“I’m all for more natural light and views of nature and everyone feeling good, but I feel quite strongly that one of the things the pandemic has brought to the fore is that a lot of people are not living in good quality accommodation, and they will suffer most.”
For those who think like Krikler and Sargent, the problem isn’t that wellness is a bad idea — on the contrary, they are convinced it’s a very good idea — but that it is not available to everyone, and is not badged as the luxury product that it probably is. And this misunderstanding means the gap between the best and the rest gets ever wider.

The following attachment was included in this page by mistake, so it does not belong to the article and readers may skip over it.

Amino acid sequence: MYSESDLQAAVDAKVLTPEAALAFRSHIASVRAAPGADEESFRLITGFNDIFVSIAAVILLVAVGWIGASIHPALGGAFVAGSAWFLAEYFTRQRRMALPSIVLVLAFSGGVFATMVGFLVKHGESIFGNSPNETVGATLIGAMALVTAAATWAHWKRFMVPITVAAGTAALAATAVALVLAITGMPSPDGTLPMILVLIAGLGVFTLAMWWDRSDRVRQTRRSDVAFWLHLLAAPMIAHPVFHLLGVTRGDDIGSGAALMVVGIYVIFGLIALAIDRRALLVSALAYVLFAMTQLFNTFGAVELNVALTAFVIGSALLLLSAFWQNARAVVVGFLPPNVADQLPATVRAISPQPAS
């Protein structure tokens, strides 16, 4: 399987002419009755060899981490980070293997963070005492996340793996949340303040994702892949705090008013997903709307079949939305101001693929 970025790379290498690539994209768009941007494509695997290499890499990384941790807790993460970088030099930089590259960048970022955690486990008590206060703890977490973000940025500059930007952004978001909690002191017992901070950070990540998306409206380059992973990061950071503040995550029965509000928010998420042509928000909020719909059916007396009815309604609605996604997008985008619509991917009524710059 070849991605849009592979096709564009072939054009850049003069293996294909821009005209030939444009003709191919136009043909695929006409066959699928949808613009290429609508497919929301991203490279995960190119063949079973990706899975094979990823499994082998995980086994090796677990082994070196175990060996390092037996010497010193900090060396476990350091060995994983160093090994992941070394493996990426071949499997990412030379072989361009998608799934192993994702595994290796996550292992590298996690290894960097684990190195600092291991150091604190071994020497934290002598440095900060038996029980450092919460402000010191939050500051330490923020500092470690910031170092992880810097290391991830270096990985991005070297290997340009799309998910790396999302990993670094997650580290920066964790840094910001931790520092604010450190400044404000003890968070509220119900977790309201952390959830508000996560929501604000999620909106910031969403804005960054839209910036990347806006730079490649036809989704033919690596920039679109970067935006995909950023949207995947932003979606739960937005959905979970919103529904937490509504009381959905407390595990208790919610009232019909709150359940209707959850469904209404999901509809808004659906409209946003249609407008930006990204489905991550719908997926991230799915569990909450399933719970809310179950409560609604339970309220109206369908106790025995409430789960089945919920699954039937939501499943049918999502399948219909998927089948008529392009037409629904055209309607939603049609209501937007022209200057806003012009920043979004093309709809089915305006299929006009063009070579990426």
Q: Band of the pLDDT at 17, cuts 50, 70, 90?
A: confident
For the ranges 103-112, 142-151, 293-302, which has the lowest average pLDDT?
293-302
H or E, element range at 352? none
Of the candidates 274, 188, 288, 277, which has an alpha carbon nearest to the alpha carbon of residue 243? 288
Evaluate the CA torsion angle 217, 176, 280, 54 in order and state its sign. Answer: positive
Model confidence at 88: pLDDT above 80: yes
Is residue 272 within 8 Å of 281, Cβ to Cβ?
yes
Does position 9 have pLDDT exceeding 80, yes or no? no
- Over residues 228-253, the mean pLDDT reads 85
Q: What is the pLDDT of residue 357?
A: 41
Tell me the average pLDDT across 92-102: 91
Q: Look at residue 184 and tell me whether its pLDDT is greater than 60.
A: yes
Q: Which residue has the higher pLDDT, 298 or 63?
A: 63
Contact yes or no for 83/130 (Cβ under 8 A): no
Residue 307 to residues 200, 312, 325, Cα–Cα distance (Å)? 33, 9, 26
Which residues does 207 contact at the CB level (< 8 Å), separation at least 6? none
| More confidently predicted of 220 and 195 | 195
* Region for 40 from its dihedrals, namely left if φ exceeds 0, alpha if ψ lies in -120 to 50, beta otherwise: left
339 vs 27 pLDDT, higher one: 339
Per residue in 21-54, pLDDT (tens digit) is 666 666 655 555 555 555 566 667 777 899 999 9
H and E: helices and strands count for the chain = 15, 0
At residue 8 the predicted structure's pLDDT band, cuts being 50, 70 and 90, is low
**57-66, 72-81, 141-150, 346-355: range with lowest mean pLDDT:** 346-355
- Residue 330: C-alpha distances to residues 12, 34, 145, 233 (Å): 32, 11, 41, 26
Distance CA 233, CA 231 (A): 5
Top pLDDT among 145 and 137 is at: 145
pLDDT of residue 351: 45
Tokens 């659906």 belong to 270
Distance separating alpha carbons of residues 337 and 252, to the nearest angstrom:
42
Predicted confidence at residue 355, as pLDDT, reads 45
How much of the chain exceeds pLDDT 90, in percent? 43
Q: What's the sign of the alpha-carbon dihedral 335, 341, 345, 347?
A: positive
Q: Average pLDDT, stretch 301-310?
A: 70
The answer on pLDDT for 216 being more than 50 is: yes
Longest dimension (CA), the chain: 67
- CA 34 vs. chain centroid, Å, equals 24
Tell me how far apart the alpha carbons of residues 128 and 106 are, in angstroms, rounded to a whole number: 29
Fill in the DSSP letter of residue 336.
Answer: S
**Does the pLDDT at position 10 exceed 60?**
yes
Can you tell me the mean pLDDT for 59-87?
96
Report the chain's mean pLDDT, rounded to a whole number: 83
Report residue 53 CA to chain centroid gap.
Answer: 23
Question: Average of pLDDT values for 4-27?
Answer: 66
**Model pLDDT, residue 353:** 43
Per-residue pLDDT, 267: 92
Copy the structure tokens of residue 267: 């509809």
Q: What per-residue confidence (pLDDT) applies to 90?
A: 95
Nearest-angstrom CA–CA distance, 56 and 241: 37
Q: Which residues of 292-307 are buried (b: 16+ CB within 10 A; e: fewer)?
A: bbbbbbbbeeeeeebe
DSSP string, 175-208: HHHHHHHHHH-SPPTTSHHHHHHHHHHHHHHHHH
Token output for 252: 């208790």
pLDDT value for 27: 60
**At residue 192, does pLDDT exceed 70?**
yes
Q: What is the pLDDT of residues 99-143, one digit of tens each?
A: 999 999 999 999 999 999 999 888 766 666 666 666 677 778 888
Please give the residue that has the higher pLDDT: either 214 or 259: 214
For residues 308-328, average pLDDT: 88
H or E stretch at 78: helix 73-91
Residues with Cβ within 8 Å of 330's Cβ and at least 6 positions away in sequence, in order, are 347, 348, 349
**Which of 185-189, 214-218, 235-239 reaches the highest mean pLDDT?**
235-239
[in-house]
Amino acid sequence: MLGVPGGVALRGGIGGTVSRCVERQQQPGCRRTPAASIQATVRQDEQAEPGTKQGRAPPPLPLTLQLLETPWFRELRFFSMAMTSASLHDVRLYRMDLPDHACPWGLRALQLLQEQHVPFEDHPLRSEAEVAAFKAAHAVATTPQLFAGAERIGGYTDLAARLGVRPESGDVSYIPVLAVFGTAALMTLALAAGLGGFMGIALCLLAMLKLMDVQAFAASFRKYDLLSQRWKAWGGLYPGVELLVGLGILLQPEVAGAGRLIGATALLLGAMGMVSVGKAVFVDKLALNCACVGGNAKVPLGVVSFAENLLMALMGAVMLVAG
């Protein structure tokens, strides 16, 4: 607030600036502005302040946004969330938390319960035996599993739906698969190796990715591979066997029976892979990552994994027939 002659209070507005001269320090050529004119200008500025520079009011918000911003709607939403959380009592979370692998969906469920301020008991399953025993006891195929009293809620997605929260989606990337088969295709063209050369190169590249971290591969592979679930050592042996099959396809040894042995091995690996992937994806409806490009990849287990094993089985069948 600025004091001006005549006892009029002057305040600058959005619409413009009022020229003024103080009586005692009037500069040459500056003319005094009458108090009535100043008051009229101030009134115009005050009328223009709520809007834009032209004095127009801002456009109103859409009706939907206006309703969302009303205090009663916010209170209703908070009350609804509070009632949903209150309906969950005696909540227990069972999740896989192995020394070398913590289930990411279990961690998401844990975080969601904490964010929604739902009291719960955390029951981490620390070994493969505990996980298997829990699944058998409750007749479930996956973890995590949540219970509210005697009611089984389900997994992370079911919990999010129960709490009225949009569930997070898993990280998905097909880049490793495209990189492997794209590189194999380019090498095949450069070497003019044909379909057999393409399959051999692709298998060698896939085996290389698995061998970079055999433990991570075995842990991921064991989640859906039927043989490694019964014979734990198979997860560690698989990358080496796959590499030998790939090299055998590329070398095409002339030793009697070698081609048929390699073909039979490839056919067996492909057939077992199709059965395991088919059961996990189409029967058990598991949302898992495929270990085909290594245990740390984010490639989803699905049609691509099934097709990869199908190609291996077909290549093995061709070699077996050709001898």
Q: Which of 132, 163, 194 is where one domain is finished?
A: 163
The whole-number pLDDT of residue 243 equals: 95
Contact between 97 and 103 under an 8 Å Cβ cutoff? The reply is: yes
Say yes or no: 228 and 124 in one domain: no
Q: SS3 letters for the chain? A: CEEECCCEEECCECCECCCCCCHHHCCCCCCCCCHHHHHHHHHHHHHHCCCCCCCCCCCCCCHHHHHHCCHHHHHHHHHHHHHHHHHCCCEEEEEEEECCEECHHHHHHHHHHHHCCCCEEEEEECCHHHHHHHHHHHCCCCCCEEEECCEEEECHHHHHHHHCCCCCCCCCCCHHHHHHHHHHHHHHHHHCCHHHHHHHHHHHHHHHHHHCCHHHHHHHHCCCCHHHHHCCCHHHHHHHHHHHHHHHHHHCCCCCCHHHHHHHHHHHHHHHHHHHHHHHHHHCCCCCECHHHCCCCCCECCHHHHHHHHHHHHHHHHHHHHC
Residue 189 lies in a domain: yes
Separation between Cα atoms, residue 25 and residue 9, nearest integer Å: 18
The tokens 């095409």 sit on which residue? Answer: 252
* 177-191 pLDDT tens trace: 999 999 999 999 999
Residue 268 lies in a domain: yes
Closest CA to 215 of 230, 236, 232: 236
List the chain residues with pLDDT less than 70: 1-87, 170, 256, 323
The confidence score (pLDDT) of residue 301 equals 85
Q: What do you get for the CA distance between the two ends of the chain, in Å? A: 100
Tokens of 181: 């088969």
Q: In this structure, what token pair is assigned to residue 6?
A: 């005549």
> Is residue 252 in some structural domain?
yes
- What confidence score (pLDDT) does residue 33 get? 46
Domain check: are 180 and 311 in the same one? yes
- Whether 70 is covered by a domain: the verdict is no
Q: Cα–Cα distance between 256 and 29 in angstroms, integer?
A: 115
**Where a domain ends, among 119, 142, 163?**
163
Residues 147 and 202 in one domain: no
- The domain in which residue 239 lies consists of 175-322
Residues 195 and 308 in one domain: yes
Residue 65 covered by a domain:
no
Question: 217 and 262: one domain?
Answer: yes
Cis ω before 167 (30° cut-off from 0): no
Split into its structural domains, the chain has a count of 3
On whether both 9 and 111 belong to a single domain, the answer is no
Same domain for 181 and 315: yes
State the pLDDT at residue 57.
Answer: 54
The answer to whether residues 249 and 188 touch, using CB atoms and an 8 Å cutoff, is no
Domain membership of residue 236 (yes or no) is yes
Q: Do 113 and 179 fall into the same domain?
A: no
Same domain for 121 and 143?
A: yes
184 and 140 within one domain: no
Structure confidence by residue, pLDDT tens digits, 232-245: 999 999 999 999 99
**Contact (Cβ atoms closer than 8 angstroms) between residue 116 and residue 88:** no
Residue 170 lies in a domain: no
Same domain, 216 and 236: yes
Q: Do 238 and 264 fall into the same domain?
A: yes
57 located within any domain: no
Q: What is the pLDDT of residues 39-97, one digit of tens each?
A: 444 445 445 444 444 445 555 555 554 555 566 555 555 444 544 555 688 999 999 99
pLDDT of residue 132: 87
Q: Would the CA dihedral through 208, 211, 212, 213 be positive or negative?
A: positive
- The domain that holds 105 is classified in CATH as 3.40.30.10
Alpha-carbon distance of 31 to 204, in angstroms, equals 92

Out Of Balance
An atmosphere of privilege is not the end of the problem, because many of the people Bisnow spoke to worry that the workplace wellness agenda runs contrary to wider sustainability aims. They fear that by pursuing the very visible appeals of wellness, they are damaging the less visible but also urgent needs of a climate-challenged environment.
MAPP manages around £13.2B of commercial property and 8,500 occupiers throughout the UK. Head of Sustainability Rowan Packer is — like Krikler and Sargent — convinced of the value of improved light, air, proximity to nature, and the kinds of mental and physical spaces encouraged by wellness programs.
But he also worries that wellness standards can have an adverse effect on ESG because, for instance, carbon emission and usage go up and more materials are added to offices to satisfy human needs. Problems with meeting air quality standards are the most often cited example.